This two-fold danger is enhanced by his own weakness. As he has not spiritual strength to do Vol. ii.—9
what is right, so he has not strength to resist or avoid evil. This arises from the nature of our fallen state. That state is not one of mere indifference or even of repugnance to what God requires, but of inclination and attachment to what God forbids. When left to ourselves, therefore, we cannot remain in equilibrio. The scale of evil instantly predominates. Our native dispositions and affections are not neutral, but enlisted on the wrong side of the controversy. This is the case, even with true converts, just so far as their corruption is permitted to control their conduct. That control is no longer, and can never again become paramount, much less exclusive. But it may continue and extend so far as to make resistance to temptation one of their severest trials—so severe that they are sometimes ready to despair of being able to withstand. And yet, if such be truly the desire of their hearts, their own experience shall effectually teach them that what is impossible with man is possible with God. The same voice that says to them in tones of solemn warning: "Let him that thinketh he standeth take heed lest he fall," (1 Cor. 10, 12,) shall also say to them in tones of merciful encouragement: (1 Cor. 5. 13.) "There hath no temptation taken you but such as is common to man; and God is faithful, who will not suffer you to be tempted above that ye are able, but will, with the temptation, also make a way of escape, that ye may be able to bear it."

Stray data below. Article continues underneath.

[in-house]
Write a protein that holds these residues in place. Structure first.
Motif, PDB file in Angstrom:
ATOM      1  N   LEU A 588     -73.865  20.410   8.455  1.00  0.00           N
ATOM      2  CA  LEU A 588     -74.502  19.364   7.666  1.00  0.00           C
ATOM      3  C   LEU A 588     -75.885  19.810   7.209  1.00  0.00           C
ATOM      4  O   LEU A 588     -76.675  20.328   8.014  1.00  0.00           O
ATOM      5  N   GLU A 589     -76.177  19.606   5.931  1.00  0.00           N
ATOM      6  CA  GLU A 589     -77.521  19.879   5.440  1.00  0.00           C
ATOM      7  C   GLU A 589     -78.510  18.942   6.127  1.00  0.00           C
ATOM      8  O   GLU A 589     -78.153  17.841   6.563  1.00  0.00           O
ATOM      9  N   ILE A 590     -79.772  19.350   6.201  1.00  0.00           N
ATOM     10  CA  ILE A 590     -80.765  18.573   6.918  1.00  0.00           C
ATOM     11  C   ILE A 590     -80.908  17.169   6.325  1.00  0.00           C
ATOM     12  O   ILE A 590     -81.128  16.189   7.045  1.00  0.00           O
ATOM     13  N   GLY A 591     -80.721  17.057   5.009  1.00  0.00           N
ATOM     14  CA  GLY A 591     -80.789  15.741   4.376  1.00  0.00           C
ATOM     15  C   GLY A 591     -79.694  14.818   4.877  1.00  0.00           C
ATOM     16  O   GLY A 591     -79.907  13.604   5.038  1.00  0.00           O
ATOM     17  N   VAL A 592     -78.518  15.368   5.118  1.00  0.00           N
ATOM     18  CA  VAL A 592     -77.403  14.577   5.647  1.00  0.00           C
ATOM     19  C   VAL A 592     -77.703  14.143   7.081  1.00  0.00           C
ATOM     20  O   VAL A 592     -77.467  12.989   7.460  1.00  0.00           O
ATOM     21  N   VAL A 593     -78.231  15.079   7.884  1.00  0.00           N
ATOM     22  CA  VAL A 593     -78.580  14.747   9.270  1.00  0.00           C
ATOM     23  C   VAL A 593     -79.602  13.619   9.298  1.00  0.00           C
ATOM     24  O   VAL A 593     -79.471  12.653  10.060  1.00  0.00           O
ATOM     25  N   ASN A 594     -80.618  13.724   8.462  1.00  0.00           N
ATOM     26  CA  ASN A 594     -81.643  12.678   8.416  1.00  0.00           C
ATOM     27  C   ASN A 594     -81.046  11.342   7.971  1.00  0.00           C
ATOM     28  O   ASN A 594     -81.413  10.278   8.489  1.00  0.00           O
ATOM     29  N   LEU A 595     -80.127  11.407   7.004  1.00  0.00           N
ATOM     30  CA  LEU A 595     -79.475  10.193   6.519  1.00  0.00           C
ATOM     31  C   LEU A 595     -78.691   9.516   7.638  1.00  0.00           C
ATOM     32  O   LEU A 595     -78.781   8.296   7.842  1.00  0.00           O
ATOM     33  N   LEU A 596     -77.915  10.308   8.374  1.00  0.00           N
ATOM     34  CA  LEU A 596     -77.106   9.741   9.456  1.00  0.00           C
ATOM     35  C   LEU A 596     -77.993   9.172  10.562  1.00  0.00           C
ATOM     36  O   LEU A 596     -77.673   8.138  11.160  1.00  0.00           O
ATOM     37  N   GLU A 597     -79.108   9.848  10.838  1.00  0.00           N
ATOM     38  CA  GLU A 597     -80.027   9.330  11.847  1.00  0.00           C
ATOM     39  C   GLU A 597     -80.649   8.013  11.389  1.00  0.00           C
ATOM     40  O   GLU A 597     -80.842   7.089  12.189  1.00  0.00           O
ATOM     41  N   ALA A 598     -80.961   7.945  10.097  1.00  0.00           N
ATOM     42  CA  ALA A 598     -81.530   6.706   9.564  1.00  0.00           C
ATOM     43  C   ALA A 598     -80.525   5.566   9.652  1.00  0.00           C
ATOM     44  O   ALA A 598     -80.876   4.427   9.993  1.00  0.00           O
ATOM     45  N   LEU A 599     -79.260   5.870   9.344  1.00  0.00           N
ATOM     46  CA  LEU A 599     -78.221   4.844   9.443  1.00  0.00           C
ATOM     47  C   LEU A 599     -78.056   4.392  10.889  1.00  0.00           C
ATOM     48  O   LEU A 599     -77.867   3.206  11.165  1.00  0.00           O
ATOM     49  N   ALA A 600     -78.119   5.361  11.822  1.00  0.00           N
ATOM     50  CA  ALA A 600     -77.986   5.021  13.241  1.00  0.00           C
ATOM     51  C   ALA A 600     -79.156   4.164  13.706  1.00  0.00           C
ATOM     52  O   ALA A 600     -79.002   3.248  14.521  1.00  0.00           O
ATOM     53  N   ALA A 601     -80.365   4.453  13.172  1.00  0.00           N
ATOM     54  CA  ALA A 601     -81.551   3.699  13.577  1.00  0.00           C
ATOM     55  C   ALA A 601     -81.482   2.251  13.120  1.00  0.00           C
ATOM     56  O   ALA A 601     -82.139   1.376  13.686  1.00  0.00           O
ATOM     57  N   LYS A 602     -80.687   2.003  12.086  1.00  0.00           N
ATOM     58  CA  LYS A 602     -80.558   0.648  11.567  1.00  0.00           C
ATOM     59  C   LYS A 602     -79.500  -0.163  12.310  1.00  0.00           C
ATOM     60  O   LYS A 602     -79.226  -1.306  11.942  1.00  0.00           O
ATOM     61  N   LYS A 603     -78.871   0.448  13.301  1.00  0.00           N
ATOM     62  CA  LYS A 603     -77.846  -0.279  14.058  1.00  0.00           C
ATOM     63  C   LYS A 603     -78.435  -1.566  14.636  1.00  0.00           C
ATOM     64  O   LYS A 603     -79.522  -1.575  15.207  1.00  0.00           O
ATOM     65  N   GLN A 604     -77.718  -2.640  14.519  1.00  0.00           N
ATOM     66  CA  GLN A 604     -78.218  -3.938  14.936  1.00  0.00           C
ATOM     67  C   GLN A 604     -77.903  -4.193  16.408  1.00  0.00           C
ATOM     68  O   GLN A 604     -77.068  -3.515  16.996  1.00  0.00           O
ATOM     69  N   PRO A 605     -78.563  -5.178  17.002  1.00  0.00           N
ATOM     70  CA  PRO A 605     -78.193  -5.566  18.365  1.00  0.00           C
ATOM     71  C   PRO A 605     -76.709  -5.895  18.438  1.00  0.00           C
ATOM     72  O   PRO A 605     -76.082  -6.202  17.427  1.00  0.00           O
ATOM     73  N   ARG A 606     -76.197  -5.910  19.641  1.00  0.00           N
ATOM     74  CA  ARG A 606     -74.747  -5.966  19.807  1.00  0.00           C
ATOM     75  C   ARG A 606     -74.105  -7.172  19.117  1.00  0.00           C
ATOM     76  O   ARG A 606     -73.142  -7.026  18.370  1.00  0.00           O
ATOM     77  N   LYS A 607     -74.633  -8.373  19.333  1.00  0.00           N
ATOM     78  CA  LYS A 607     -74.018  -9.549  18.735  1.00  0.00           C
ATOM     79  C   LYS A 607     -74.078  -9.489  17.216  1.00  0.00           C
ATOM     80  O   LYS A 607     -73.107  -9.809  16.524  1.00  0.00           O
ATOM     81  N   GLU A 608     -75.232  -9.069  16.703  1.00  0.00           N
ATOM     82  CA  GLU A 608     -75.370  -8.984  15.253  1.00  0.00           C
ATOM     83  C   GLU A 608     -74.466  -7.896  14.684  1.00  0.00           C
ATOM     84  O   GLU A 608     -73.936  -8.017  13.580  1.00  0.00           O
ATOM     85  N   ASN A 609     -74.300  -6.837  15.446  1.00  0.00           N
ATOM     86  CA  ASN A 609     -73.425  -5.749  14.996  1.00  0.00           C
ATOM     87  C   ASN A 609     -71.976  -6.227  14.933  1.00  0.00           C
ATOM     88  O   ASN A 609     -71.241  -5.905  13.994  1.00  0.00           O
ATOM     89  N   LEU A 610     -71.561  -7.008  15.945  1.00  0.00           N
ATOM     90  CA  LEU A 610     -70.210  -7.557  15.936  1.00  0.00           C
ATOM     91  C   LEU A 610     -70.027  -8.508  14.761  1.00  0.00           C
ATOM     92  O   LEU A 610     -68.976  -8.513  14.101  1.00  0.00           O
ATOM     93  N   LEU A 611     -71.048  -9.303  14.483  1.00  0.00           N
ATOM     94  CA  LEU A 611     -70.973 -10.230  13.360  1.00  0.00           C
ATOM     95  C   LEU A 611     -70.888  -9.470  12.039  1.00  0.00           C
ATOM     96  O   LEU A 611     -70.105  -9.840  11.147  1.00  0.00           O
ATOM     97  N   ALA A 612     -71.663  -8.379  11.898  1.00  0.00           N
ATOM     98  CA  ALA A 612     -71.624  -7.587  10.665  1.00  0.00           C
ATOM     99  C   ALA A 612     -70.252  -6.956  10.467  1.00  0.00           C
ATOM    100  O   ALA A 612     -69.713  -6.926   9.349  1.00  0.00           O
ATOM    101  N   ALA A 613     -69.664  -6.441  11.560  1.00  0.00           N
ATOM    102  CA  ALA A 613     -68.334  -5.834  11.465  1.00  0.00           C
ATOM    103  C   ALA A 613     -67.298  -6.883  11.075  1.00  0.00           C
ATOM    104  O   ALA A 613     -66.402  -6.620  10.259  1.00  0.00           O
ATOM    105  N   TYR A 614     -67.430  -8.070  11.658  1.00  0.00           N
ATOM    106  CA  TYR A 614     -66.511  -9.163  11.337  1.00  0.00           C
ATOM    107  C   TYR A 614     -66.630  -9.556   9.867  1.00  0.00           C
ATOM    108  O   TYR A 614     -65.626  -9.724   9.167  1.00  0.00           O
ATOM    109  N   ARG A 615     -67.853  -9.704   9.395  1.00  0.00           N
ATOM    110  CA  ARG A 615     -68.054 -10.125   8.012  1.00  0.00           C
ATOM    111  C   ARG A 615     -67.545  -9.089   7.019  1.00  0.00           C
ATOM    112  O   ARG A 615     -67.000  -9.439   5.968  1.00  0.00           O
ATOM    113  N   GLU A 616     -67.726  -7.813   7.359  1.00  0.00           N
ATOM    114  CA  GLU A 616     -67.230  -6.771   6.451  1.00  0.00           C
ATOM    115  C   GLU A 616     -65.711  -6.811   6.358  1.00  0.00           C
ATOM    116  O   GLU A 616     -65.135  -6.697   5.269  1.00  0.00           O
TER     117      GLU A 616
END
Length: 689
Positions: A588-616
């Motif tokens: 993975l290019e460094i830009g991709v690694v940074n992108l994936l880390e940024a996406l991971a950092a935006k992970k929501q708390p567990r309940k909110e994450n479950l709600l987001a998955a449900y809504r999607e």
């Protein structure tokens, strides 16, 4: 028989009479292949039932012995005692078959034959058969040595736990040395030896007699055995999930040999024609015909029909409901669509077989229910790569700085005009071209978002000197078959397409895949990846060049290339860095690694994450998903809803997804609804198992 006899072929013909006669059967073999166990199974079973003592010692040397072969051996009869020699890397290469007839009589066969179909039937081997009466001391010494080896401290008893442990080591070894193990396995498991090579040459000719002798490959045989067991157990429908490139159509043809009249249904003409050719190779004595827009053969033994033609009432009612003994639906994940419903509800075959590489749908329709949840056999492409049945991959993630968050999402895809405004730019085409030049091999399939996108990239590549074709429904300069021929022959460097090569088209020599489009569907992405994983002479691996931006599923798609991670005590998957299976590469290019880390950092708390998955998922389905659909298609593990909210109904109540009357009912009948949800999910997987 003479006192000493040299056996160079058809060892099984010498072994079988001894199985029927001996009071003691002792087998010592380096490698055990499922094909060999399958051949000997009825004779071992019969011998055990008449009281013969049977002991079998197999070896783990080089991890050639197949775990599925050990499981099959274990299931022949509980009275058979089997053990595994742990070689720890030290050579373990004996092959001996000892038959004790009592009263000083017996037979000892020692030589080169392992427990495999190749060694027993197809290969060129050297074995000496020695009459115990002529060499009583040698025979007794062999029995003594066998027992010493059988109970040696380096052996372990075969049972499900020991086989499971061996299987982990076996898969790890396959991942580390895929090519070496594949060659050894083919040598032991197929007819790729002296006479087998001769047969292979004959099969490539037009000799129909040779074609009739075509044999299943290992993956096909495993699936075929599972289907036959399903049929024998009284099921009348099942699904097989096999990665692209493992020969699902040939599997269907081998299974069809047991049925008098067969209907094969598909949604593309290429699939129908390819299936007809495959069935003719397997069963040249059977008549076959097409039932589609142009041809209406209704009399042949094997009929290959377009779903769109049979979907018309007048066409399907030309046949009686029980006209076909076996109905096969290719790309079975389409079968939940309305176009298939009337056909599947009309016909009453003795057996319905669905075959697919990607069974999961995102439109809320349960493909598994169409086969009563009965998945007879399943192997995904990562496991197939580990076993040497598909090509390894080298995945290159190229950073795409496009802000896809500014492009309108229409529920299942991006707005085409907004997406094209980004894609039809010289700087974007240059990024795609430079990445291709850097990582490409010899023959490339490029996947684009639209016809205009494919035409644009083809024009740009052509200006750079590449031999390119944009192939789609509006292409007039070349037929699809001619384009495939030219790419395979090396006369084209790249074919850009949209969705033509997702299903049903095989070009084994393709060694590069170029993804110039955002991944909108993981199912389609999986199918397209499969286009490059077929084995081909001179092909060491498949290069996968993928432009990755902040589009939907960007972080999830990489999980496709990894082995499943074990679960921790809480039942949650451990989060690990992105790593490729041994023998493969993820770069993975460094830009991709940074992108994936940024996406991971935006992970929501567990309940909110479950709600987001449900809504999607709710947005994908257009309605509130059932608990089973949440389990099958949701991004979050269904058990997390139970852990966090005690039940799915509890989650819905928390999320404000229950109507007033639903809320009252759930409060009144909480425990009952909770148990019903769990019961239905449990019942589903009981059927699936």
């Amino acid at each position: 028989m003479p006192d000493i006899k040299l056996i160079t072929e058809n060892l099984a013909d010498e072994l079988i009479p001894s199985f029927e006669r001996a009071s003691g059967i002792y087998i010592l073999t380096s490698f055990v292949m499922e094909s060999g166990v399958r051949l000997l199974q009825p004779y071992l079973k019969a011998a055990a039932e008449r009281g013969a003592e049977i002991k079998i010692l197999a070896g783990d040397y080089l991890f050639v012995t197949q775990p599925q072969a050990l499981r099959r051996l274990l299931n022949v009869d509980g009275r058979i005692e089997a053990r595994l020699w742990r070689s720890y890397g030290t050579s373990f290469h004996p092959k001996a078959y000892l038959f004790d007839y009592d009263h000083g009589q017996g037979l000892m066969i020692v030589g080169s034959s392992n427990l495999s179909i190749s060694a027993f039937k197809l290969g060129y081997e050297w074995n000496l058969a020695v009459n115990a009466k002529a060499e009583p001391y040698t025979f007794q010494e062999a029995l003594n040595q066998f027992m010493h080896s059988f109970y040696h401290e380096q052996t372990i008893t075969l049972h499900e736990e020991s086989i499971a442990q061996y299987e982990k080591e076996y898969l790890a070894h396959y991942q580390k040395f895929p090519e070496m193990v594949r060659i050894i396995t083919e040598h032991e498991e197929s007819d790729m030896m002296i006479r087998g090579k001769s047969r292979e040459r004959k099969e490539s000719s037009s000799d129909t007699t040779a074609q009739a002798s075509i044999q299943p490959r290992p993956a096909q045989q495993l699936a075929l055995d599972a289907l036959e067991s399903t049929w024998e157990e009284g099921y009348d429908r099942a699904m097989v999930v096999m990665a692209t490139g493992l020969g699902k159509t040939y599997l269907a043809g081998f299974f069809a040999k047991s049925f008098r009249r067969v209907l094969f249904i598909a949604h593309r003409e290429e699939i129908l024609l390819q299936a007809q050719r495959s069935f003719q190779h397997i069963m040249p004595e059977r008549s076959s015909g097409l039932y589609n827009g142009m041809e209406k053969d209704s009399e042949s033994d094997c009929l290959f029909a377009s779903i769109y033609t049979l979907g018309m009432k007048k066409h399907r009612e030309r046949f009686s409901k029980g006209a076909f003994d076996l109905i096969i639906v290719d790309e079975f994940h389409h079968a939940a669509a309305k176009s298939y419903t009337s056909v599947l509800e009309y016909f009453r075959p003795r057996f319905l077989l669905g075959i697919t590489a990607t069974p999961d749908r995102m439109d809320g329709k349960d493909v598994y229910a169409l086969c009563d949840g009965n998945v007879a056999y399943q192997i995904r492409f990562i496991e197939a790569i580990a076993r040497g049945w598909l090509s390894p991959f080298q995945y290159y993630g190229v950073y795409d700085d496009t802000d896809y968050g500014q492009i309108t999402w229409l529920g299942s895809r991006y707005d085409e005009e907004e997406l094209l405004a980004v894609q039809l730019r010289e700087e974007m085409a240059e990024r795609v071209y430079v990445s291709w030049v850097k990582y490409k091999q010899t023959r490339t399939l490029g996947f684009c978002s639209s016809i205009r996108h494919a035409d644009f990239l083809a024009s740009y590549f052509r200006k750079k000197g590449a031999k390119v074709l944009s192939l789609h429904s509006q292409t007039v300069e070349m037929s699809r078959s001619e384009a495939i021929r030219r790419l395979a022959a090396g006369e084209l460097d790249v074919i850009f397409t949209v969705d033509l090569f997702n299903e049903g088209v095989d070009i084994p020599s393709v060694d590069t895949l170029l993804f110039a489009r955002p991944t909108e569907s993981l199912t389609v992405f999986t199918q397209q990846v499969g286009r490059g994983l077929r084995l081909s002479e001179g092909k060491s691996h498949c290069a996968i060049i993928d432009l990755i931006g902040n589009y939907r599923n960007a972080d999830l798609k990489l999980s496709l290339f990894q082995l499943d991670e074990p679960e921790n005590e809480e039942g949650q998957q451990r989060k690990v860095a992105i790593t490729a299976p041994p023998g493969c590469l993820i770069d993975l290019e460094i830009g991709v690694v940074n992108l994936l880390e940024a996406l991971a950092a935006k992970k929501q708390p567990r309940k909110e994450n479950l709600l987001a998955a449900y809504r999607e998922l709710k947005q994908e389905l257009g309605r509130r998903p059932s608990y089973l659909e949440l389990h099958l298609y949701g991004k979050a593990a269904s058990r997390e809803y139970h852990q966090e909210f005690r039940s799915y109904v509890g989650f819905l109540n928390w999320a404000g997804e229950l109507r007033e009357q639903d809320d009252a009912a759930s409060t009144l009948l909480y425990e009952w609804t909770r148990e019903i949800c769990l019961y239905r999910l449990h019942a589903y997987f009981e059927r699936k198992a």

Now what is this way (e/cfiao-is;) of escape but Christ himself, and how shall our weakness and corruption become able to endure temptation, but through Christ enabling us? Here then is another great emergency to which the text applies ; and I put it to yourselves, Christian brethren, whether you have not experienced, in some degree, the efficacy of the means which God has thus provided. Is there no wellremembered juncture in your history—in that of some among you have there not been many—when the conquest of yourselves and the defeat of your spiritual foes seemed as hopeless as the conquest, nay as the creation, of a world; and you were ready, though unwilling, to succumb, in sheer despair of a successful resistance? but precisely at the moment when this self-despair had reached its height, it was transformed, as by a miracle, into a childlike trust in Christ, for which it seemed to be the necessary preparation ; and before that new-born strength, the force of your temptations seemed to melt and vanish, so that, as you looked with a serene contempt upon what a little while before appeared invincible, you could say as Paul says, and as every true believer, in his turn is called to say, I can do all things through Christ enabling me. Yes, through him you can do even that which seems most hopeless; you can endure, resist, subdue, despise, all, all temptation!